Periods of Chinese History
The Bailianjiao 白蓮教 "White Lotus Sect" was a millenarian movement with Buddhist traditions that several times in history ignited large-scale popular uprisings against the ruling dynasties. The religious background of the White Lotus Sect goes back to the Pure Land School (Jingtujing) whose oldest patriarch, Huiyuan 慧遠 (334-416 CE), founded White Lotus Societies (bailianshe 白蓮社 or lianshe 蓮社 "Lotus Societies") in Donglin Monastery 東林寺 near Mt. Lushan 廬山. During the Northern Song period 北宋 (960-1126) White Lotus societies spread over all southern China. They were supported by monasteries as well as by rich landowners. In the mid-12th century the monk Cizhao 慈照 (worldly name Mao Ziyuan 茅子元) founded a new Buddhist School out of these societies, the White Lotus School (bailianzong 白蓮宗). The adherents of this school venerated the Amitābha Buddha 阿彌陀佛 and observed the five Buddhist rules of discipline (wujie 五戒: not killing, not stealing, not indulging in pleasures, not speaking bad words, not drinking) that were also a focal point of the Pure Land teaching. Mao Ziyuan also adopted the method of the Tiantai School 天臺宗 to illustrate the teachings of the Buddha by drawings and pictures, which made it much easier to attract a wider followership. He also compiled confessional rules for daily worship, the Bailian chenchao chanyi 白蓮晨朝懺儀. In order to connect the scattered Lotus Societies he erected a Lotus Repentance Temple (Lianchantang 蓮懺堂) on the shores of Lake Dinghshan 淀山湖 near Kunshan 昆山, Jiangsu, adopted the title of Master (daoshi 導師) and assembled an auditorium to which he preached the teachings of the White Lotus School.|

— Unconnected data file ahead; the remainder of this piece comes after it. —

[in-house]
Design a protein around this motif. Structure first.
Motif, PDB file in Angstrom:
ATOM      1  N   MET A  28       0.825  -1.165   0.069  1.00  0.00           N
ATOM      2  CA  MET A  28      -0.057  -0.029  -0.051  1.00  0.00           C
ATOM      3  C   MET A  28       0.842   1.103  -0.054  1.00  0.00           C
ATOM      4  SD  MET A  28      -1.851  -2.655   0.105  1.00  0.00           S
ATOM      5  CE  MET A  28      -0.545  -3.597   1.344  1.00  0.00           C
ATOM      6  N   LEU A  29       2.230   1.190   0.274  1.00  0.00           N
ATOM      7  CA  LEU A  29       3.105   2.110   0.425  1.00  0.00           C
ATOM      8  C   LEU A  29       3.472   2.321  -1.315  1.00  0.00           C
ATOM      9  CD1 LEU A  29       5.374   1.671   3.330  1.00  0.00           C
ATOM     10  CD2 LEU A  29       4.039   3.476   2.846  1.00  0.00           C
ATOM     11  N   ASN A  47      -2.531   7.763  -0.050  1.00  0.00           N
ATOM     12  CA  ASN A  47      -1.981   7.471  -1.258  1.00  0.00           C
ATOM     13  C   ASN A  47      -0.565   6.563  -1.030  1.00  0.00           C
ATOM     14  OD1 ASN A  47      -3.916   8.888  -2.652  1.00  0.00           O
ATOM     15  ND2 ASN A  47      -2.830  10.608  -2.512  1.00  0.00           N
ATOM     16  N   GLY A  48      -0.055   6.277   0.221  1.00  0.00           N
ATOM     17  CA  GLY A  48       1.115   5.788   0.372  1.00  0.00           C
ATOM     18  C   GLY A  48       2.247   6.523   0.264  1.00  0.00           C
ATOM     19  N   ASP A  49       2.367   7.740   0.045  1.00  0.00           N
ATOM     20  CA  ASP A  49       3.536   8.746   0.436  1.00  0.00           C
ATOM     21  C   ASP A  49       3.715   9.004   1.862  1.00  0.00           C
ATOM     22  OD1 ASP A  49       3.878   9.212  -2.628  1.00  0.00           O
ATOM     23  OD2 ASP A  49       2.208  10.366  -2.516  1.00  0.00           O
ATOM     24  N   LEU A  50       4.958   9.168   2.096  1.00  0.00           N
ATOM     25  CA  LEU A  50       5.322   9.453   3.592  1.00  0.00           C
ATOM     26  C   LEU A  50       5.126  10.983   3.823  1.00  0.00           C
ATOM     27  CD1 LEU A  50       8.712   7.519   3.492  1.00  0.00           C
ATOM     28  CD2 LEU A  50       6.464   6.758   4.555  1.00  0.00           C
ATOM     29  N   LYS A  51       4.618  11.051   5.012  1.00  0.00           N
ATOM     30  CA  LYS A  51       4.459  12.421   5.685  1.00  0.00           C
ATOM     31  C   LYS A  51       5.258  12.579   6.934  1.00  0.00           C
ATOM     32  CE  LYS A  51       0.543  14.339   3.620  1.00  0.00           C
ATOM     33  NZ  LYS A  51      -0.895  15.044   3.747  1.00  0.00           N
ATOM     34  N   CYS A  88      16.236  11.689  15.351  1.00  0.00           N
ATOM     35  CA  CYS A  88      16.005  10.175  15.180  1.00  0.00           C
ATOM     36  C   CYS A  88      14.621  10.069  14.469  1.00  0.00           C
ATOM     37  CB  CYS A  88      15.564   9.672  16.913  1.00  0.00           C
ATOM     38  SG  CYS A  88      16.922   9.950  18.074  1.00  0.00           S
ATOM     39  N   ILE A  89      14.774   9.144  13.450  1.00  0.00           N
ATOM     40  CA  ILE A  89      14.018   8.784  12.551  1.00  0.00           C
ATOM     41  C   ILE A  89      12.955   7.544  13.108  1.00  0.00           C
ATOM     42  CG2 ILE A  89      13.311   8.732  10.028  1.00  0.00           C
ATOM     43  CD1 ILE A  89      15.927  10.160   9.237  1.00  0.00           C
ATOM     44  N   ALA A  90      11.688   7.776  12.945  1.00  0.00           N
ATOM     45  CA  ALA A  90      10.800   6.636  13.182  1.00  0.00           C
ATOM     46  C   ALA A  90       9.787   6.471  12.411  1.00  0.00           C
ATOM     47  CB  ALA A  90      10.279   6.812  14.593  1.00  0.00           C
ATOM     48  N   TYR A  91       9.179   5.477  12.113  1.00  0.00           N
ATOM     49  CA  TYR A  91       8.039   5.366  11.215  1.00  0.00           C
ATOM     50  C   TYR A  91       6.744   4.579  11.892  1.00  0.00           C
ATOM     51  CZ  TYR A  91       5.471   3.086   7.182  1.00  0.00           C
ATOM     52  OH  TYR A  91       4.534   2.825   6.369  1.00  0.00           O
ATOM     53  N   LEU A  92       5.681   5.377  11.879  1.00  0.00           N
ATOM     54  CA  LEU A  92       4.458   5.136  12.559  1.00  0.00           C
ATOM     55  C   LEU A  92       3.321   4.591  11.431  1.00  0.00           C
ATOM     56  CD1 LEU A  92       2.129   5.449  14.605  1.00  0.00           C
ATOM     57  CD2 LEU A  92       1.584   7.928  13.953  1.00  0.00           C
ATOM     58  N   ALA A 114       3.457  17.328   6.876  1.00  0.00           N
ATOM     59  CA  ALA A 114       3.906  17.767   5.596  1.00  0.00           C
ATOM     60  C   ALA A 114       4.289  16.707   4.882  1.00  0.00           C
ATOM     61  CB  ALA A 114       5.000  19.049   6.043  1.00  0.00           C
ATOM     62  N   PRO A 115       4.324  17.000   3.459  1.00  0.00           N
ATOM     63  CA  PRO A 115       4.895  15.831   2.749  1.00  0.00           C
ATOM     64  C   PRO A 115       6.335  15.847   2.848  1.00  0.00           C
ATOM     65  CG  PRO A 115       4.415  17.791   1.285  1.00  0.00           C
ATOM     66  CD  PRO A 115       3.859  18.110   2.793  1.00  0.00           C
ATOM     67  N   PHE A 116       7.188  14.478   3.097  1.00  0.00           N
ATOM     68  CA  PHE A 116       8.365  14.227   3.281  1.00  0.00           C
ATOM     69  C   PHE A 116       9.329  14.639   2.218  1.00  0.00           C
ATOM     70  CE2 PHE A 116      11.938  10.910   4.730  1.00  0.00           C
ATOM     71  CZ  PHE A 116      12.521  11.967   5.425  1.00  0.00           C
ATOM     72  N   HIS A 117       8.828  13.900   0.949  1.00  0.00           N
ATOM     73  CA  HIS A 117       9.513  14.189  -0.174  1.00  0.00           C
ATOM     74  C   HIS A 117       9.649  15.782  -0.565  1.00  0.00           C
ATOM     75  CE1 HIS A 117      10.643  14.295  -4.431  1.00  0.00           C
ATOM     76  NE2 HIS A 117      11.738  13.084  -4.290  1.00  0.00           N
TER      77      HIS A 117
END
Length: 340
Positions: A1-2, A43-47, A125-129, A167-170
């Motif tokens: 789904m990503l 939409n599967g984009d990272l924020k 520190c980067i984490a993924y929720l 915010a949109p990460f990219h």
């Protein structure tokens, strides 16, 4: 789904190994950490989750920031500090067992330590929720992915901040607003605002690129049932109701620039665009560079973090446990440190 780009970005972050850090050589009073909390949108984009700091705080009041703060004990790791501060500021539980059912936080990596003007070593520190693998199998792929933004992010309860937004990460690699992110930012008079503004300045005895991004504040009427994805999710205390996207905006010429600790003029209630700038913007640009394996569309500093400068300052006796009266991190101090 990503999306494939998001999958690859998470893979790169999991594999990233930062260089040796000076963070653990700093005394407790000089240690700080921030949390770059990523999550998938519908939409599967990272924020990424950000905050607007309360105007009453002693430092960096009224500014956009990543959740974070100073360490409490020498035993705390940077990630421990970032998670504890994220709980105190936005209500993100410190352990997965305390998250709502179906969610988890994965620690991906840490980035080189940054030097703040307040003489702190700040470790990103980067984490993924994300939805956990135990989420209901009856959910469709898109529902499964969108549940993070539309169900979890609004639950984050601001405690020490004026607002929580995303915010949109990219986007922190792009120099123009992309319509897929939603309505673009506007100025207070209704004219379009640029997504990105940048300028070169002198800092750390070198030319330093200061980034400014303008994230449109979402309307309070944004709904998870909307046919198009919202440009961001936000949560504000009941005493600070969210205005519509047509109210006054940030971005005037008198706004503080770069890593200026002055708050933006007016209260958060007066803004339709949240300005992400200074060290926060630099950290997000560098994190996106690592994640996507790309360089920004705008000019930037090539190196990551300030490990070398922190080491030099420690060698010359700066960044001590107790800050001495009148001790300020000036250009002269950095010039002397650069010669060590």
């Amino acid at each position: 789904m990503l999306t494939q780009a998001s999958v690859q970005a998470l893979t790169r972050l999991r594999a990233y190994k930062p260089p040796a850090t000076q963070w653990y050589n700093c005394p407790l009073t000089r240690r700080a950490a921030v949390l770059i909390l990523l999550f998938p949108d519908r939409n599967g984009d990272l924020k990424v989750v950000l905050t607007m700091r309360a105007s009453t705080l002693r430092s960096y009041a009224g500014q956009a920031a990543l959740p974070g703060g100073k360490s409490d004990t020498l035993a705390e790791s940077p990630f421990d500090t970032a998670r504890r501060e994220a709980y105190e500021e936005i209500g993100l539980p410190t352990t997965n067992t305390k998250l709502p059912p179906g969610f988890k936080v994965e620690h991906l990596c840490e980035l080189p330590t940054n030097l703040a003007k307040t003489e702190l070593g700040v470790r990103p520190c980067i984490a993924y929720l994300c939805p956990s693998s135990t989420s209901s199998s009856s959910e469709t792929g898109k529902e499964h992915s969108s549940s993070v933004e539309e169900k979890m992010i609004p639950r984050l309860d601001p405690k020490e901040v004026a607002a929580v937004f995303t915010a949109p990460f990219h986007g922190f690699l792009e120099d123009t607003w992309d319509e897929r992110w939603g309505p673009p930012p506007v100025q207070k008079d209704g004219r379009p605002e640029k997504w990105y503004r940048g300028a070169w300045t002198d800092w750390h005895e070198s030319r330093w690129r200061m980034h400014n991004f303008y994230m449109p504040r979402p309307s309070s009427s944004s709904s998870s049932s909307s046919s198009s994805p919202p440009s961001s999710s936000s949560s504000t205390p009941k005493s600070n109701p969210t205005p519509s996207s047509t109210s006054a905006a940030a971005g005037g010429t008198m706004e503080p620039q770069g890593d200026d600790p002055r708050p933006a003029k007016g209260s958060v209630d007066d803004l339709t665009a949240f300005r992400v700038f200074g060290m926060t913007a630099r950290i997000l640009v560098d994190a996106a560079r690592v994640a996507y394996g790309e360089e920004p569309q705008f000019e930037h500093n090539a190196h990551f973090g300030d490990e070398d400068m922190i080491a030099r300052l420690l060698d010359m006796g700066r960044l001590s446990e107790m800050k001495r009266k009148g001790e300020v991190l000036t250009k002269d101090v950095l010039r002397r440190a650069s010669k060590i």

The newly founded White Lotus School was officially forbidden, and Mao Ziyuan had to leave Kunshan for Jiujiang 九江, Jiangsi. Yet because the teachings of his school were quite simple and easy to understand, the White Lotus Sect ("sect" in the sense of not being an officially acknowledged confession) attracted a lot of adherents not only in the Lower Yangtze region, but also in other parts of China. When the Mongols founded the Yuan dynasty 元 (1279-1368), the White Lotus School was officially acknowledged and even sponsored by the government. It therefore became such an important branch of Buddhism that some believers even participated in the propagation of the faith as "Lotus people" (liandaoren 蓮道人) in private temples at home (tang'an 堂庵). Because they retained the everyday clothes and did not shave their heads, they were also called "hairy monks" (faseng 髮僧). Their private temples became such important clerical institutions that sons commonly inherited their father's duty of managing these semi-public prayer halls.
The most popular deities were the Amitabha Buddha, the Bodhisattva Avalokiteśvara (Guanshiyin) 觀世音菩薩, and the Mahāsthāmaprāpta 大勢至菩薩 (together called the Three Amida Saints 阿彌陀三聖, Western Saints 西方三聖 or Amida Venerables 阿彌陀三尊; the Eastern Saints are the Bhaiṣajyaguru 藥師佛, the Sūryaprabha 日光菩薩 and the Candraprabha 月光菩薩). The adherents prayed for health and fortune, and rich believers sponsered the building of official institutions like streets, bridges or temples. The owners of private temples often belonged to the most wealthy families in the cities and had close ties to the government.